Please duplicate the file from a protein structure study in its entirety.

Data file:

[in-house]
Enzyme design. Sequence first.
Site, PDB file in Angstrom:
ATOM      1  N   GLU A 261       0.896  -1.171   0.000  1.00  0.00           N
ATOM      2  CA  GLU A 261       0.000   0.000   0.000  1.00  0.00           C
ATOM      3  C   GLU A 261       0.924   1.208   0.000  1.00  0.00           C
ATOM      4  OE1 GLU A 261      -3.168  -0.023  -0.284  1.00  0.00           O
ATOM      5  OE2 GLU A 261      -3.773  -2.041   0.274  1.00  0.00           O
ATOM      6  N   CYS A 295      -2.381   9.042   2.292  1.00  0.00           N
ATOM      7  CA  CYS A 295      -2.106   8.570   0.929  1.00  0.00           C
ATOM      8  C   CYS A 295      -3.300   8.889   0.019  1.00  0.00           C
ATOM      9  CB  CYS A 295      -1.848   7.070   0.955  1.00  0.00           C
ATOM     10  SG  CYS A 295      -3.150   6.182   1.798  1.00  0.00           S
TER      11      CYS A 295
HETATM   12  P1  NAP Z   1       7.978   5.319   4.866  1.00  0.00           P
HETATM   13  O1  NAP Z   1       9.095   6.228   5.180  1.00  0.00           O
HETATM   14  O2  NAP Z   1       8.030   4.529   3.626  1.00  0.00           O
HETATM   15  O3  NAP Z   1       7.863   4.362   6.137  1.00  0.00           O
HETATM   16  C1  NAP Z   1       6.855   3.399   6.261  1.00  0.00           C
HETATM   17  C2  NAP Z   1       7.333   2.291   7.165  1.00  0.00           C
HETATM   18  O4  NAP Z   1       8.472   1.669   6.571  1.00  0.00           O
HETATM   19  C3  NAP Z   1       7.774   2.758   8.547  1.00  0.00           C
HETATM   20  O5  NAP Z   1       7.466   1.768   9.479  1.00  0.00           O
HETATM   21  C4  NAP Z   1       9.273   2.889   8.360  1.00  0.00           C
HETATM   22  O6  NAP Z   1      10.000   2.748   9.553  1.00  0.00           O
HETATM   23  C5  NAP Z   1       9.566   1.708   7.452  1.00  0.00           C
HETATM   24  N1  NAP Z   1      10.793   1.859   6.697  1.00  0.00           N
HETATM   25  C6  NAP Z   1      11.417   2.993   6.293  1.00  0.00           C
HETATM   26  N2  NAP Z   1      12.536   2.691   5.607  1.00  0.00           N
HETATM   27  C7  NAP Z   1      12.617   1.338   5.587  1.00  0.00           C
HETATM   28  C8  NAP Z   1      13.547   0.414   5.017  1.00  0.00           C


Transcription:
[in-house]
Enzyme design. Sequence first.
Site, PDB file in Angstrom:
ATOM      1  N   GLU A 261       0.896  -1.171   0.000  1.00  0.00           N
ATOM      2  CA  GLU A 261       0.000   0.000   0.000  1.00  0.00           C
ATOM      3  C   GLU A 261       0.924   1.208   0.000  1.00  0.00           C
ATOM      4  OE1 GLU A 261      -3.168  -0.023  -0.284  1.00  0.00           O
ATOM      5  OE2 GLU A 261      -3.773  -2.041   0.274  1.00  0.00           O
ATOM      6  N   CYS A 295      -2.381   9.042   2.292  1.00  0.00           N
ATOM      7  CA  CYS A 295      -2.106   8.570   0.929  1.00  0.00           C
ATOM      8  C   CYS A 295      -3.300   8.889   0.019  1.00  0.00           C
ATOM      9  CB  CYS A 295      -1.848   7.070   0.955  1.00  0.00           C
ATOM     10  SG  CYS A 295      -3.150   6.182   1.798  1.00  0.00           S
TER      11      CYS A 295
HETATM   12  P1  NAP Z   1       7.978   5.319   4.866  1.00  0.00           P
HETATM   13  O1  NAP Z   1       9.095   6.228   5.180  1.00  0.00           O
HETATM   14  O2  NAP Z   1       8.030   4.529   3.626  1.00  0.00           O
HETATM   15  O3  NAP Z   1       7.863   4.362   6.137  1.00  0.00           O
HETATM   16  C1  NAP Z   1       6.855   3.399   6.261  1.00  0.00           C
HETATM   17  C2  NAP Z   1       7.333   2.291   7.165  1.00  0.00           C
HETATM   18  O4  NAP Z   1       8.472   1.669   6.571  1.00  0.00           O
HETATM   19  C3  NAP Z   1       7.774   2.758   8.547  1.00  0.00           C
HETATM   20  O5  NAP Z   1       7.466   1.768   9.479  1.00  0.00           O
HETATM   21  C4  NAP Z   1       9.273   2.889   8.360  1.00  0.00           C
HETATM   22  O6  NAP Z   1      10.000   2.748   9.553  1.00  0.00           O
HETATM   23  C5  NAP Z   1       9.566   1.708   7.452  1.00  0.00           C
HETATM   24  N1  NAP Z   1      10.793   1.859   6.697  1.00  0.00           N
HETATM   25  C6  NAP Z   1      11.417   2.993   6.293  1.00  0.00           C
HETATM   26  N2  NAP Z   1      12.536   2.691   5.607  1.00  0.00           N
HETATM   27  C7  NAP Z   1      12.617   1.338   5.587  1.00  0.00           C
HETATM   28  C8  NAP Z   1      13.547   0.414   5.017  1.00  0.00           C